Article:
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November 30, 2016

How smartphones and the IoT can build an always connected world

The head of the devices business at Huawei looks at what telcos and device manufacturers need to do to prepare for 5G and other developments.

By Alexander Sword

Throughout our lives, we find ourselves in moments where connectivity isn’t just something we want, but something we rely on. There are moments in our kids’ lives we want to capture and share with family, an important work project you need to work on remotely while traveling, and of course we want to be able to stream a movie or TV show on Netflix, anytime, anywhere. And we want to be able to do these things on any device in our technology ecosystem.

People’s expectations for connectivity are at an all-time high, and they’re only going to increase further. Connectivity isn’t a luxury or pleasant surprise anymore, it’s a necessity. For technology companies looking to meet the needs of today’s consumers, it’s important to create devices that allow people to stay connected reliably and seamlessly, no matter where they are or what they’re doing.

The mobile revolution of the past several years has brought with it a rapid growth in connectivity technologies – from 3G to 4G and beyond, from Bluetooth to Wi-Fi and various other standards. There are so many technologies that keep us connected and allow our devices to talk to each other and work together. But for most consumers, what’s happening under the hood is less important than the experience – Am I connected? Is that connection reliable? Can I transfer my experience between devices?

huawei-kevin-ho

Kevin Ho, President of Huawei’s Handset Business.

To ensure that the answer to all of these questions is yes, we must holistically design technology that works together as seamlessly as possible – tablets, phones and computers, connected infrastructure, and smart devices. No longer can we think of a phone and a laptop as separate devices but instead as different form factors of the same device that warrant the same kind of connectivity as we move between them throughout the day. We must promise and deliver an always-connected experience in which data can flow freely between devices and global borders are never barriers to personal connection.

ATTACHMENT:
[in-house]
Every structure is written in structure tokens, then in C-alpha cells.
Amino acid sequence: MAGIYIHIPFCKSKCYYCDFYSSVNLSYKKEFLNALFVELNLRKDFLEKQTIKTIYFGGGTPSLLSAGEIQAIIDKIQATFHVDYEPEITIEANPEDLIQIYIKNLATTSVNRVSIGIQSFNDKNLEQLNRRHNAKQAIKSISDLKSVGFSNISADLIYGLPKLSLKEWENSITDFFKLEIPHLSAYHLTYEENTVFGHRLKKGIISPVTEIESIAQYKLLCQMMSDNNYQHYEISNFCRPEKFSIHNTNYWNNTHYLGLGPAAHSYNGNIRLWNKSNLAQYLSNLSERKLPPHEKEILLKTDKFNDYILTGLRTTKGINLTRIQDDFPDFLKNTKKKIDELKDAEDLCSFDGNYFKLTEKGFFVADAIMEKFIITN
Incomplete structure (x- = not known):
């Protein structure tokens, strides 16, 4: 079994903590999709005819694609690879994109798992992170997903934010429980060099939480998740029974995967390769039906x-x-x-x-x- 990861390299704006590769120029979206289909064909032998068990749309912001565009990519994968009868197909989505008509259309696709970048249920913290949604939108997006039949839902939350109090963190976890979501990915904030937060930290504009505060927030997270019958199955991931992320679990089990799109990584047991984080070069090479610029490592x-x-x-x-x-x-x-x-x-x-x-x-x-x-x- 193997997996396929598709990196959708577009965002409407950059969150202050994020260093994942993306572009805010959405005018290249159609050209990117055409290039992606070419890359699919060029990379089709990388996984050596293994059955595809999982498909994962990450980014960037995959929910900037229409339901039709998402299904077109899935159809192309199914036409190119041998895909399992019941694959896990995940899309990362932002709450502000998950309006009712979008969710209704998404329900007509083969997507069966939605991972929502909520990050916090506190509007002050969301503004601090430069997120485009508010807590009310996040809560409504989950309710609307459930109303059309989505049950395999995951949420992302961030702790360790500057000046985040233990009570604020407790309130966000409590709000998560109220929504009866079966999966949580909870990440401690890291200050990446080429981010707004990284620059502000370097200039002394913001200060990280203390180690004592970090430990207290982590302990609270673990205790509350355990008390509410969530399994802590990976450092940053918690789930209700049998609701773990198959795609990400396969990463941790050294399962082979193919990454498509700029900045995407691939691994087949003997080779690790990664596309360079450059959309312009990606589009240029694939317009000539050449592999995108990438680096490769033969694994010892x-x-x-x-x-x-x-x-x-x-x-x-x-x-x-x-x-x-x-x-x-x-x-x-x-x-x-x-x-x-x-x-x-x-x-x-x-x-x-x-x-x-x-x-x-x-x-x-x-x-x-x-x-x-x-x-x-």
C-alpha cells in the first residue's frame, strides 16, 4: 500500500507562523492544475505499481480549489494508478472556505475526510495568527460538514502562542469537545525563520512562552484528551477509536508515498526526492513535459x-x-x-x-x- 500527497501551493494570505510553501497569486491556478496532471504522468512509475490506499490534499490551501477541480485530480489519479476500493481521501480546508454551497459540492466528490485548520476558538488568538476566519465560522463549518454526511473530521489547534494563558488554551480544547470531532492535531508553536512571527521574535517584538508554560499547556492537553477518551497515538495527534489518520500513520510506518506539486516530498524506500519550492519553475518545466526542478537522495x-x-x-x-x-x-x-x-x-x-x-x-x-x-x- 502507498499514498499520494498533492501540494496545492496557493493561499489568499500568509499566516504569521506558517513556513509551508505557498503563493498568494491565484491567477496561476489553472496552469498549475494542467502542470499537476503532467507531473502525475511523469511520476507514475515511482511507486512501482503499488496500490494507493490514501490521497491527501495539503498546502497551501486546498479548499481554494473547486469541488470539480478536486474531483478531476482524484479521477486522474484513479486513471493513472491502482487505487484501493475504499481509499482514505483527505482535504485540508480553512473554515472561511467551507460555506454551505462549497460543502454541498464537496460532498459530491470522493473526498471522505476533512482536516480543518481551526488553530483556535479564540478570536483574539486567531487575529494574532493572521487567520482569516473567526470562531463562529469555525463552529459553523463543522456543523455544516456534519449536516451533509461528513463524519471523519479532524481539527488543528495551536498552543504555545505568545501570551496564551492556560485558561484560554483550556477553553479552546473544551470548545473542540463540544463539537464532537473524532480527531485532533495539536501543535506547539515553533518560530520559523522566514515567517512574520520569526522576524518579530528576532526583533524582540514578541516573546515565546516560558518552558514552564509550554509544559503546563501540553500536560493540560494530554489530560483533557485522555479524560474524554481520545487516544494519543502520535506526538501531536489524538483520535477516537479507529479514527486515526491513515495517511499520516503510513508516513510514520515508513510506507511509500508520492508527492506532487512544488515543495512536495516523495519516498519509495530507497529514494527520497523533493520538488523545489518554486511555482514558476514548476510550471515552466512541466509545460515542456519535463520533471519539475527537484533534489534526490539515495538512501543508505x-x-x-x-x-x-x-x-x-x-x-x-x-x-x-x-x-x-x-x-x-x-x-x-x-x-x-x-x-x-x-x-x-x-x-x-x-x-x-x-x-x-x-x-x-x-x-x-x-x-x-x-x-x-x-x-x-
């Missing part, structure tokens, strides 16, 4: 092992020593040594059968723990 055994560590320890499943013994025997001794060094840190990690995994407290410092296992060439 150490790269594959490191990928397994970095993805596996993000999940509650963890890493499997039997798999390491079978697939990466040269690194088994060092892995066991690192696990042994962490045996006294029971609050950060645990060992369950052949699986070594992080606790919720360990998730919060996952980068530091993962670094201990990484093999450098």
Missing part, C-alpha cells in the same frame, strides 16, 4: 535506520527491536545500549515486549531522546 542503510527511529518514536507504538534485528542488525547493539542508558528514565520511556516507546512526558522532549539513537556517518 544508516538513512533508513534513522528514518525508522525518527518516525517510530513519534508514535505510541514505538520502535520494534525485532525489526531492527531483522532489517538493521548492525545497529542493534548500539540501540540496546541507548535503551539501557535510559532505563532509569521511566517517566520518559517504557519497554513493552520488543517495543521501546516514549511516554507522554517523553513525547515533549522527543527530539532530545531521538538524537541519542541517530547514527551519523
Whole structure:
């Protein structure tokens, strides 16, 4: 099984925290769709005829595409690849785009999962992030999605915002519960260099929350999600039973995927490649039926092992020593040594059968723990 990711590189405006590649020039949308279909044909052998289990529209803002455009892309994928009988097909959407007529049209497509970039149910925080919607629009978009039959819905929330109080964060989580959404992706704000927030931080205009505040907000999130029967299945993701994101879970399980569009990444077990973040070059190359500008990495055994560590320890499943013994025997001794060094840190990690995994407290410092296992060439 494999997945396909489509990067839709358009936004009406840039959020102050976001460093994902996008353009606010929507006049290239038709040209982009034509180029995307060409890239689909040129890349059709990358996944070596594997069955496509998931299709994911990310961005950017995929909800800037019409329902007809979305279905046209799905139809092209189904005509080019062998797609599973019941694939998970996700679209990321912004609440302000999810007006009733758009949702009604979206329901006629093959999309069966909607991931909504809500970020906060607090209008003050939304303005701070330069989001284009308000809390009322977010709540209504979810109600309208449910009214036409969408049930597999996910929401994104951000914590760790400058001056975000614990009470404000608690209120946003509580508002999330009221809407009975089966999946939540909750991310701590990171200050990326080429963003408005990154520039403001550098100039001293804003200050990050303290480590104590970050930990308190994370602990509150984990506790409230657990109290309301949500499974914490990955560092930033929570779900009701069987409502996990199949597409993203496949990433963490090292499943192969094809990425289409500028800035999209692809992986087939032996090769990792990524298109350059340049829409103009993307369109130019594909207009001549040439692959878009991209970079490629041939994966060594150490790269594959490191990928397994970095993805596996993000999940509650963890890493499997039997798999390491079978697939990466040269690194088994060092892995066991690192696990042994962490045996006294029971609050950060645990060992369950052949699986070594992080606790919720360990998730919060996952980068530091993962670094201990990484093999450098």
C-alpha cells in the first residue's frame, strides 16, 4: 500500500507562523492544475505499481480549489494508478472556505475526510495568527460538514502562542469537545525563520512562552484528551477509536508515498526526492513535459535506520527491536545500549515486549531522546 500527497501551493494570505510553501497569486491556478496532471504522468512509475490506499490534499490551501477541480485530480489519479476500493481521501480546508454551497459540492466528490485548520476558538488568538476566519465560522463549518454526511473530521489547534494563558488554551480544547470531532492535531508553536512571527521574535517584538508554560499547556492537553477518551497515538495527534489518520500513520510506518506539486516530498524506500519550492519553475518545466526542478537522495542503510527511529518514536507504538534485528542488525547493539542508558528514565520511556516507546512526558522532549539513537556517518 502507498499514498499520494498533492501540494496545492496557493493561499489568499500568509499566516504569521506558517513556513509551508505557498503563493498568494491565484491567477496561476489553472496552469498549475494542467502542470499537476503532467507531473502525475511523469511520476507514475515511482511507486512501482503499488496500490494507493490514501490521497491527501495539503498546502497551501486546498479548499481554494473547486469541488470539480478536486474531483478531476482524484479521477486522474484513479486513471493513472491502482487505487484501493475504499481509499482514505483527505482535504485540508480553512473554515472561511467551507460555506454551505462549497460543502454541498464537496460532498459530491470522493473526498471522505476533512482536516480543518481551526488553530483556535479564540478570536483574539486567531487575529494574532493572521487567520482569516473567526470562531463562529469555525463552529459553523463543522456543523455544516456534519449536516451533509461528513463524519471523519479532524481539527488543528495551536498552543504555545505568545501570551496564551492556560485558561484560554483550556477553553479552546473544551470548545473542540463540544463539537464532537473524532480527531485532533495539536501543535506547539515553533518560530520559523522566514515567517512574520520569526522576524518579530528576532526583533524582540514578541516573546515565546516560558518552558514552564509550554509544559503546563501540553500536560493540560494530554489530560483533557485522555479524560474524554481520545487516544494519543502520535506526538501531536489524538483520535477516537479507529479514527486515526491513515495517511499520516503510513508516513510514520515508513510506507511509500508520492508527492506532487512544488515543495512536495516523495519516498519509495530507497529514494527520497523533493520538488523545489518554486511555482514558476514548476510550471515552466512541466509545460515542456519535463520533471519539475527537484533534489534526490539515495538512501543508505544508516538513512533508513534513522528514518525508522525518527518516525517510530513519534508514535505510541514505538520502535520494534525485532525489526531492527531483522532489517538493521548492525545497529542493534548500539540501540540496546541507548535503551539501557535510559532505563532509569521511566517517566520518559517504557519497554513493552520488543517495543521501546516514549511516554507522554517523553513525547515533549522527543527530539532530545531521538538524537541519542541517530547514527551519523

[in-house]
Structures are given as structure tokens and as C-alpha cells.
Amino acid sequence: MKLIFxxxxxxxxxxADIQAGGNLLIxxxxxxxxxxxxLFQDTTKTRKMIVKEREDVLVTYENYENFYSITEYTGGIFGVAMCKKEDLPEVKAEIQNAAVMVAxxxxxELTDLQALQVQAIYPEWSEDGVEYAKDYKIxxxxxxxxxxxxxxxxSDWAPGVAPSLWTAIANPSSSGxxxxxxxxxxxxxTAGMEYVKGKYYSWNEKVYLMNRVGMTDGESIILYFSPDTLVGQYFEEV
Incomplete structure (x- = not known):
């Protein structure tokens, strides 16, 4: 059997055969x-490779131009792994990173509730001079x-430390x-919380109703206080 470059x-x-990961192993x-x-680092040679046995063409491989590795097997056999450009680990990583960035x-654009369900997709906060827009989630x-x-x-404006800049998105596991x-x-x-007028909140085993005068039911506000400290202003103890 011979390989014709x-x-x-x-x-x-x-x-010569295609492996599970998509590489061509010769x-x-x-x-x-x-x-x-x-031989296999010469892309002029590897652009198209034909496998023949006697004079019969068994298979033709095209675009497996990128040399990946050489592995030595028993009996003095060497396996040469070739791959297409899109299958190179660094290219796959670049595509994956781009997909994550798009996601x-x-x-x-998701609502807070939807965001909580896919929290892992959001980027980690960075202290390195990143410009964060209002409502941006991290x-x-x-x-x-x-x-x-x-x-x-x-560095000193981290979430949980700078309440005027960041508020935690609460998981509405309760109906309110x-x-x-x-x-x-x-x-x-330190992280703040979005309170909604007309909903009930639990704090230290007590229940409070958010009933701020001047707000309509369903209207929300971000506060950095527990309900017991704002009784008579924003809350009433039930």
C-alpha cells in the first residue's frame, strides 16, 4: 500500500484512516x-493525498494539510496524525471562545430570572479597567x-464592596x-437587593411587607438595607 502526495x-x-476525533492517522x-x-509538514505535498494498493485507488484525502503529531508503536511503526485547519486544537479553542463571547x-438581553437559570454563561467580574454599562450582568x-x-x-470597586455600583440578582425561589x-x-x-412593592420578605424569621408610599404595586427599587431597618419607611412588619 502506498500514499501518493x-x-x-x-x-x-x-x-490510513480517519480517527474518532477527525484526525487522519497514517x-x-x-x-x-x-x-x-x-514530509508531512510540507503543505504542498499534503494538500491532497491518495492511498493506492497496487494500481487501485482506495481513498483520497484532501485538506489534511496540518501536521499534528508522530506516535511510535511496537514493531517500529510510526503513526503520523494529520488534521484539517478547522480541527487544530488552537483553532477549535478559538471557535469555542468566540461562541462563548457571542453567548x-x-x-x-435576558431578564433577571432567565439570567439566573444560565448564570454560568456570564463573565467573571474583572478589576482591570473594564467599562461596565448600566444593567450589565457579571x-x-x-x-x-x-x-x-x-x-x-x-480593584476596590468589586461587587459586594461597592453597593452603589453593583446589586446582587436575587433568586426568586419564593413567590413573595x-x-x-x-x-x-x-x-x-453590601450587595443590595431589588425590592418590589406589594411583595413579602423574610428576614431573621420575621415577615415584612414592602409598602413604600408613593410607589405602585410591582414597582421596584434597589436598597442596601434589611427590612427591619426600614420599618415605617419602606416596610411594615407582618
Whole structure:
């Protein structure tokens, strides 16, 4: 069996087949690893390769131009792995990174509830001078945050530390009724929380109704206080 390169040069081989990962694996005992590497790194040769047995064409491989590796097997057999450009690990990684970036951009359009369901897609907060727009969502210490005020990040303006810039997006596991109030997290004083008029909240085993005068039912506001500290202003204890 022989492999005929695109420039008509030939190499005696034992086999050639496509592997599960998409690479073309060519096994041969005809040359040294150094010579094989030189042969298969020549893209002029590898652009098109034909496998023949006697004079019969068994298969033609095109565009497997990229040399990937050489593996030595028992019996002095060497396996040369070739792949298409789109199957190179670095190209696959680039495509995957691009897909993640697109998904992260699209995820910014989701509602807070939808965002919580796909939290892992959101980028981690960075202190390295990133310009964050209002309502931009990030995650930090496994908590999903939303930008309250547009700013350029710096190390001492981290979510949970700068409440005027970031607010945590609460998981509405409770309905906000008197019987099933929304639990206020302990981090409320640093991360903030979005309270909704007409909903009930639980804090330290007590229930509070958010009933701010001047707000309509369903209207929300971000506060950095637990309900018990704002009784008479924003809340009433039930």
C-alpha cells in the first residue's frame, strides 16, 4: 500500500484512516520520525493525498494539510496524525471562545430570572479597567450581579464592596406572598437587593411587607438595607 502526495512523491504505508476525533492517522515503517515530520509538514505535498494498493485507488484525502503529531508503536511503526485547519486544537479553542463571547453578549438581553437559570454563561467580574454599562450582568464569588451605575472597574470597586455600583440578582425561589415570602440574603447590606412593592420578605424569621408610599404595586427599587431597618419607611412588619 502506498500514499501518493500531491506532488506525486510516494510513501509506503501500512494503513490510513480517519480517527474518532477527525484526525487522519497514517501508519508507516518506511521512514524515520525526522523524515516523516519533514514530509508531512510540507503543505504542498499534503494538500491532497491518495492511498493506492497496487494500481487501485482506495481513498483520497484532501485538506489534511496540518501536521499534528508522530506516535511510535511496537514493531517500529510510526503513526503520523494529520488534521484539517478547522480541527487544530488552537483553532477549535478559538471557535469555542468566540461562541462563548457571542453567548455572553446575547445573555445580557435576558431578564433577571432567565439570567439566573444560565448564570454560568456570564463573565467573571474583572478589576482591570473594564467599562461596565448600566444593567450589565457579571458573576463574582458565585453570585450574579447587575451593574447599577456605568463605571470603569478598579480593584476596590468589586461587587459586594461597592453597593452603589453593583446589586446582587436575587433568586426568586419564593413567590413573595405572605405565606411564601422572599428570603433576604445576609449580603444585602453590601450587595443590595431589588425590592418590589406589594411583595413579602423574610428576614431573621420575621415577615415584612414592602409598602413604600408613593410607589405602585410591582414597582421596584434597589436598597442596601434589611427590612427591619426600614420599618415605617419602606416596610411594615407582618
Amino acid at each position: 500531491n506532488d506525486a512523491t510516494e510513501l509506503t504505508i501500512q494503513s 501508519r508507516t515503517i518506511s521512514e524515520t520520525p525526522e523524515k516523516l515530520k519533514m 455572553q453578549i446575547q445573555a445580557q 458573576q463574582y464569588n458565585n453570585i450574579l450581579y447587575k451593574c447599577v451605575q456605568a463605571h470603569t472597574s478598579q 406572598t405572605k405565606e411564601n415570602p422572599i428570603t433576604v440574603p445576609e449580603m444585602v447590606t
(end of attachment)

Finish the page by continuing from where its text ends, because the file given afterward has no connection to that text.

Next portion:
Increasingly, the divides between device categories are growing murky. If a tablet can snap on a keyboard, is it a laptop? If I can make a call from my smartwatch, does it become a phone? As innovators and device manufacturers, we need to be cognizant that this loosening of barriers also means consumers will expect a comparable experience across devices. This means that all devices should be equipped to talk and share data in a way that ensures work being done or media being consumed on one device can be picked up on another with as little hassle as possible. It also means ensuring that connected devices – the many nodes in our Internet of Things – can easily share their data with our phones, our tablets, our PCs and more.

Connectivity does not simply stop at the home or office. In fact, increasingly, the office is expected to span time zones and borders. A recent survey showed that 84 percent of travelers worldwide want to have the ability to access information no matter where they are. In fact, more than half of the survey respondents said they would be lost without a mobile device while on holiday. And so, as technology companies we must tackle the issues that create barriers to this type of global connectivity.

Devices should be equipped to work out of the box on a number of bands and standards, ensuring that –for the user – the experience of travelling is not marred by non-existent or subpar connectivity. In an increasingly globalised world where individuals rely on a bevy of connected devices, it’s paramount that travelers maintain the greatest possible degree of connectivity wherever and whenever they are.

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We need to build devices that deliver on the always-connected promise across a variety of form factors – phones, phablets, tablets, laptops and more. This means equipping hardware with antennas that can hold a cellular data signal on a fast-moving train. It means ensuring that devices work internationally, taking into account a wide number of bands and standards, and making sure that global borders are not borders to productivity. It also means investing in a product ecosystem where files and processes can be shared easily and seamlessly between devices.

We always look for opportunities by trying to meet people where they will be – not simply where they are right now. The trend lines show that seamless and constant connectivity is not only in demand, it’s a necessity. As technology companies, we must make a promise to consumers that they will never be disconnected, no matter where they travel or what device they choose to use.

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